4000 - Advisory Opinions
"Act of State" Doctrine and the Freezing of Accounts is an Insured Institution Wholly Owned by Foreign Subsidiaries
September 22, 1993
Walter P. Doyle, Counsel
Thank you for your recent letter asking what action FDIC could take to prevent the "freezing" of accounts in an insured institution wholly owned by foreign interests.
If the freezing represents unlawful action taken by private interests, the remedy would most likely have to be pursued in domestic or foreign courts by those adversely affected. FDIC has no general statutory mandate to intervene in or attempt to adjudicate legal disputes between an insured institution and its customers.
If, on the other hand, the freezing of accounts is imposed under authority of a foreign government, the so-called "act of state" doctrine may apply. This doctrine precludes American courts from passing judgment on the validity of foreign governmental action taken within such government's own territory unless the action violates international law. While a taking of property within the United States by a foreign government is not covered by the "act of state" doctrine, the situs of a deposit obligation owed by a foreign owned bank operating in the U.S. would likely be a point of serious contention in these circumstances. In fact, the U.S. foreign assets control regulations apply to transactions abroad by foreign entities controlled by U.S. persons (31 C.F.R. 500.201) (a) (1) and 500.329 (d)); so it is conceivable that a foreign government could likewise assert jurisdiction over transactions in the U.S. by U.S.-organized entities controlled by its nationals.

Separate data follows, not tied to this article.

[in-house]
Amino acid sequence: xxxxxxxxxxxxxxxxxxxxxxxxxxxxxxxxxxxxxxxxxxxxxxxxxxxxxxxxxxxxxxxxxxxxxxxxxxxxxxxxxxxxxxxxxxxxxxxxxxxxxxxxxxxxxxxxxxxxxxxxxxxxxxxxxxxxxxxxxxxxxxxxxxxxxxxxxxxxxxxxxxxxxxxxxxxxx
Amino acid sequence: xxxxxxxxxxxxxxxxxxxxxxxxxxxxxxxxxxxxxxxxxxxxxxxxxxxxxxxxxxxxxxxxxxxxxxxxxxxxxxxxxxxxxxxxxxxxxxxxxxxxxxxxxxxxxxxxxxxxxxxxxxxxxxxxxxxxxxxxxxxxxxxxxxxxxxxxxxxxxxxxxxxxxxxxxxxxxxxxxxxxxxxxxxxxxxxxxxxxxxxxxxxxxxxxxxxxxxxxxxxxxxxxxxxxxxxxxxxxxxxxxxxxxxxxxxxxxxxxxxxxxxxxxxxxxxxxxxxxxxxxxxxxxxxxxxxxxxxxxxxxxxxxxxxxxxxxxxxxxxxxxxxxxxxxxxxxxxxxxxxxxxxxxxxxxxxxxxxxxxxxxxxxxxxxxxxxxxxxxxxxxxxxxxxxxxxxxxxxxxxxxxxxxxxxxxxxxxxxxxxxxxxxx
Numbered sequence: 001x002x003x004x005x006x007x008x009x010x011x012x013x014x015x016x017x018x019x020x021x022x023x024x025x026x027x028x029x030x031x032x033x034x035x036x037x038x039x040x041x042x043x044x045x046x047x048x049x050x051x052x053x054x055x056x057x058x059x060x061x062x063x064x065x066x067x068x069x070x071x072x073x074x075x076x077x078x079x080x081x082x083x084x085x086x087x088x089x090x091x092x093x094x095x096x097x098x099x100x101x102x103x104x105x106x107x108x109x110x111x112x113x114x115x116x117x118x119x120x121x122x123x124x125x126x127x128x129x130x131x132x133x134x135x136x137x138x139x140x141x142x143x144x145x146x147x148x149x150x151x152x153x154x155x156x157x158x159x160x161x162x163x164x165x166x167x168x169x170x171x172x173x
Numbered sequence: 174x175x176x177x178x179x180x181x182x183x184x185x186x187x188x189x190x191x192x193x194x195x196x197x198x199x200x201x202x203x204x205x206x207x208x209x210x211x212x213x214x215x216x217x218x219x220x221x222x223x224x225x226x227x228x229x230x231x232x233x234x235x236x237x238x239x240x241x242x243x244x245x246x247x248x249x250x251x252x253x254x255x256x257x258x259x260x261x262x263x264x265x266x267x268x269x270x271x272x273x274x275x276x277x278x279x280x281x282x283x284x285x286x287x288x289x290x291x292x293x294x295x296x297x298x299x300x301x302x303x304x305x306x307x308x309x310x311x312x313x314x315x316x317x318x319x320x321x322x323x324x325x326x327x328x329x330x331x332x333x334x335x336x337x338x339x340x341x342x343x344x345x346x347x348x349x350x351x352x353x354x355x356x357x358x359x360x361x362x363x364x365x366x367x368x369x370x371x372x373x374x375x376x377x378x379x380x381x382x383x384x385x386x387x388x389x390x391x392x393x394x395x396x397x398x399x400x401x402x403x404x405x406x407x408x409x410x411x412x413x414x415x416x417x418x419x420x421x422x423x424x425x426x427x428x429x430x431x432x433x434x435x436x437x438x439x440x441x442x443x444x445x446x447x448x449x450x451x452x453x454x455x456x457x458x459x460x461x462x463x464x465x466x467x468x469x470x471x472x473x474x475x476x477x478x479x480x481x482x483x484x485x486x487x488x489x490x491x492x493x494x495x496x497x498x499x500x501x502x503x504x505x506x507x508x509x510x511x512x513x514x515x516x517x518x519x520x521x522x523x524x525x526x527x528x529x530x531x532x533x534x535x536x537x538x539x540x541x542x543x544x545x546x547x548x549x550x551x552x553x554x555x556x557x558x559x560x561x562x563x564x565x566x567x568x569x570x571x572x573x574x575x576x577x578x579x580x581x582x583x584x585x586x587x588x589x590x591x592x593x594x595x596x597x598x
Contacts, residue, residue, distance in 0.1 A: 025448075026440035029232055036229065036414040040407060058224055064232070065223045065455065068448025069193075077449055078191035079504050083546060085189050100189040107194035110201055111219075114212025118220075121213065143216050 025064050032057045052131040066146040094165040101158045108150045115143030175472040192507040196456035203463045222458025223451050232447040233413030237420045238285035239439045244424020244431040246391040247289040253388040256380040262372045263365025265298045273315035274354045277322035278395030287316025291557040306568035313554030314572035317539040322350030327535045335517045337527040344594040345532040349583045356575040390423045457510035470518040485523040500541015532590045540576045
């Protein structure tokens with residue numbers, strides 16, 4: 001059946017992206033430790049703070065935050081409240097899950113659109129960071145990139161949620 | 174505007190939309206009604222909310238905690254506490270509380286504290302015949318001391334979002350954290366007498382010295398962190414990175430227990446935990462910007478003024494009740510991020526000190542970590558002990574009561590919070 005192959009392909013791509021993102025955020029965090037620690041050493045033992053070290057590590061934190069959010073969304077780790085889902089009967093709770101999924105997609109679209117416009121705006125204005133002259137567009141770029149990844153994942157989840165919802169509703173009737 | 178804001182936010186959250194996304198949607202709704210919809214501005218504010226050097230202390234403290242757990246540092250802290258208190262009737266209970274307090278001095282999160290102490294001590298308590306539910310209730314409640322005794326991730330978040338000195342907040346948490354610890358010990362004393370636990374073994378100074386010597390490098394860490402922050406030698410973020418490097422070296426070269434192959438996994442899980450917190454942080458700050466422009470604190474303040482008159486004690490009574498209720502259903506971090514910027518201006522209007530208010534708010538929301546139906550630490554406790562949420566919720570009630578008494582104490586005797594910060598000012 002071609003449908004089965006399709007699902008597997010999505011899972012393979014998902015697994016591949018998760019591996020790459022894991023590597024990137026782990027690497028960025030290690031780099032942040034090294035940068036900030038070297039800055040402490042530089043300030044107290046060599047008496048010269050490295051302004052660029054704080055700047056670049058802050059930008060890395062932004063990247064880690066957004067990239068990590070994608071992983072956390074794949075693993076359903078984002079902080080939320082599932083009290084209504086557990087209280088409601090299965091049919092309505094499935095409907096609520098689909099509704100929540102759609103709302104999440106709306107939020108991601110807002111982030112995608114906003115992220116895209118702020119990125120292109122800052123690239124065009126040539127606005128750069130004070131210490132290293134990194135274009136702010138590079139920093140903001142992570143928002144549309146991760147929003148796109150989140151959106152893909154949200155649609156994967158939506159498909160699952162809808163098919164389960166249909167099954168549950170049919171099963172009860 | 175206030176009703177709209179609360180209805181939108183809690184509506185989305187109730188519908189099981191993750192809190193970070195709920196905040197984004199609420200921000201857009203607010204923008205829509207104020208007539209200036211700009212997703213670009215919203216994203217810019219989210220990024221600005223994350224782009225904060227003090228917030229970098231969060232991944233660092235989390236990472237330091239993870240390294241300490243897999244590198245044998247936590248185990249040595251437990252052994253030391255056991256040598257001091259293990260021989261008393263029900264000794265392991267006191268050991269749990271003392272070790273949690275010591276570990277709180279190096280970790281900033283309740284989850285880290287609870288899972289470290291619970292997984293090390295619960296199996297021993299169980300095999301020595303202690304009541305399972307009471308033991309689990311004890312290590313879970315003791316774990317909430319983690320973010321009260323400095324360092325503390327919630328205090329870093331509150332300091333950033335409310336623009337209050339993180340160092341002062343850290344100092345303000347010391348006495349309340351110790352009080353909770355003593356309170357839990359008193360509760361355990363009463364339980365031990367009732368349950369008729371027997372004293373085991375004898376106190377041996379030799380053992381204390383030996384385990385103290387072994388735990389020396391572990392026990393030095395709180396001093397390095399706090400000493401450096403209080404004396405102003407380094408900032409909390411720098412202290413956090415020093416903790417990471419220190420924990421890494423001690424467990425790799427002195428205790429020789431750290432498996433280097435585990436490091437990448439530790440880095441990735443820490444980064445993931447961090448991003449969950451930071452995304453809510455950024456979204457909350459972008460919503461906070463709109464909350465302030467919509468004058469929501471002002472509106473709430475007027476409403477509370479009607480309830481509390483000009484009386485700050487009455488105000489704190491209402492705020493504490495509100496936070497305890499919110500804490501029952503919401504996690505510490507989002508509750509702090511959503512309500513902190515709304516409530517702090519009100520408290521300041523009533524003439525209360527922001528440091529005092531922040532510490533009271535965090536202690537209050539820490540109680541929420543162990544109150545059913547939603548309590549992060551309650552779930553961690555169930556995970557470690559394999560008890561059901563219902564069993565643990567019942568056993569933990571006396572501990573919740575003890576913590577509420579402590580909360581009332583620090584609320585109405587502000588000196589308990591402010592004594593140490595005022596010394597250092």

Suffice it to say that the legal questions involved in any freezing of accounts in the international context are exceedingly complex and have given rise to much litigation in the past. Simple answers to these questions cannot be given in the abstract. The only simple answer we can give is that FDIC has no clear and specific statutory mandate with which to address the freezing of accounts by a foreign government in an insured institution controlled by foreign interests. Depending on the particular circumstances, FDIC might or might not decide to take action in such a case under its general statutory enforcement authority.